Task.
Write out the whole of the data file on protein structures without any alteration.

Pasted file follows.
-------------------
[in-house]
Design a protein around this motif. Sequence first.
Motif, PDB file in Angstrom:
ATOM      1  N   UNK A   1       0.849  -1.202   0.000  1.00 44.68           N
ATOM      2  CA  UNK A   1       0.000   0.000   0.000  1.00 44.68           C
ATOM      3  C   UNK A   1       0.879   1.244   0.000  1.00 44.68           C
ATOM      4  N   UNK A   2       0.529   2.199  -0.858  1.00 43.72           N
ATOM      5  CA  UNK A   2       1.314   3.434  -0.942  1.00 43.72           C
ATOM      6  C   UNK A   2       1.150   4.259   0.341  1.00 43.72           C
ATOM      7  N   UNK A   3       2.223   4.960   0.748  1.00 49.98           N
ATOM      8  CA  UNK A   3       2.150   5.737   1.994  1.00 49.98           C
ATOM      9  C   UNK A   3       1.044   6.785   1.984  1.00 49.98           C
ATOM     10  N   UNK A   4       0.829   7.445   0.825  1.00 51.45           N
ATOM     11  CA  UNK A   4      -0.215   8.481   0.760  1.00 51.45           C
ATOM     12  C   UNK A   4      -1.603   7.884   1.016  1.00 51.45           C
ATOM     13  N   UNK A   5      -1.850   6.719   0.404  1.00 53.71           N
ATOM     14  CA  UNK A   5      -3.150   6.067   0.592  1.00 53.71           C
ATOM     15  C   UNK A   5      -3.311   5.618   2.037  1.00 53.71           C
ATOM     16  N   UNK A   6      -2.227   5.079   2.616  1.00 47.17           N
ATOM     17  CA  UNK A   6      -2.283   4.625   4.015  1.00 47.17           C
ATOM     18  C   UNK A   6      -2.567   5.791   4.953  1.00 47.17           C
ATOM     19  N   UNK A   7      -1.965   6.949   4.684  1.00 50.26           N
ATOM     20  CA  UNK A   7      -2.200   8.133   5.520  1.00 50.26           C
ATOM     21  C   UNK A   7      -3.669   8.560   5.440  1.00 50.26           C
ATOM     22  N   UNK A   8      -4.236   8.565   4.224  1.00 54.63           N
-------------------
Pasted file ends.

[in-house]
Design a protein around this motif. Sequence first.
Motif, PDB file in Angstrom:
ATOM      1  N   UNK A   1       0.849  -1.202   0.000  1.00 44.68           N
ATOM      2  CA  UNK A   1       0.000   0.000   0.000  1.00 44.68           C
ATOM      3  C   UNK A   1       0.879   1.244   0.000  1.00 44.68           C
ATOM      4  N   UNK A   2       0.529   2.199  -0.858  1.00 43.72           N
ATOM      5  CA  UNK A   2       1.314   3.434  -0.942  1.00 43.72           C
ATOM      6  C   UNK A   2       1.150   4.259   0.341  1.00 43.72           C
ATOM      7  N   UNK A   3       2.223   4.960   0.748  1.00 49.98           N
ATOM      8  CA  UNK A   3       2.150   5.737   1.994  1.00 49.98           C
ATOM      9  C   UNK A   3       1.044   6.785   1.984  1.00 49.98           C
ATOM     10  N   UNK A   4       0.829   7.445   0.825  1.00 51.45           N
ATOM     11  CA  UNK A   4      -0.215   8.481   0.760  1.00 51.45           C
ATOM     12  C   UNK A   4      -1.603   7.884   1.016  1.00 51.45           C
ATOM     13  N   UNK A   5      -1.850   6.719   0.404  1.00 53.71           N
ATOM     14  CA  UNK A   5      -3.150   6.067   0.592  1.00 53.71           C
ATOM     15  C   UNK A   5      -3.311   5.618   2.037  1.00 53.71           C
ATOM     16  N   UNK A   6      -2.227   5.079   2.616  1.00 47.17           N
ATOM     17  CA  UNK A   6      -2.283   4.625   4.015  1.00 47.17           C
ATOM     18  C   UNK A   6      -2.567   5.791   4.953  1.00 47.17           C
ATOM     19  N   UNK A   7      -1.965   6.949   4.684  1.00 50.26           N
ATOM     20  CA  UNK A   7      -2.200   8.133   5.520  1.00 50.26           C
ATOM     21  C   UNK A   7      -3.669   8.560   5.440  1.00 50.26           C
ATOM     22  N   UNK A   8      -4.236   8.565   4.224  1.00 54.63           N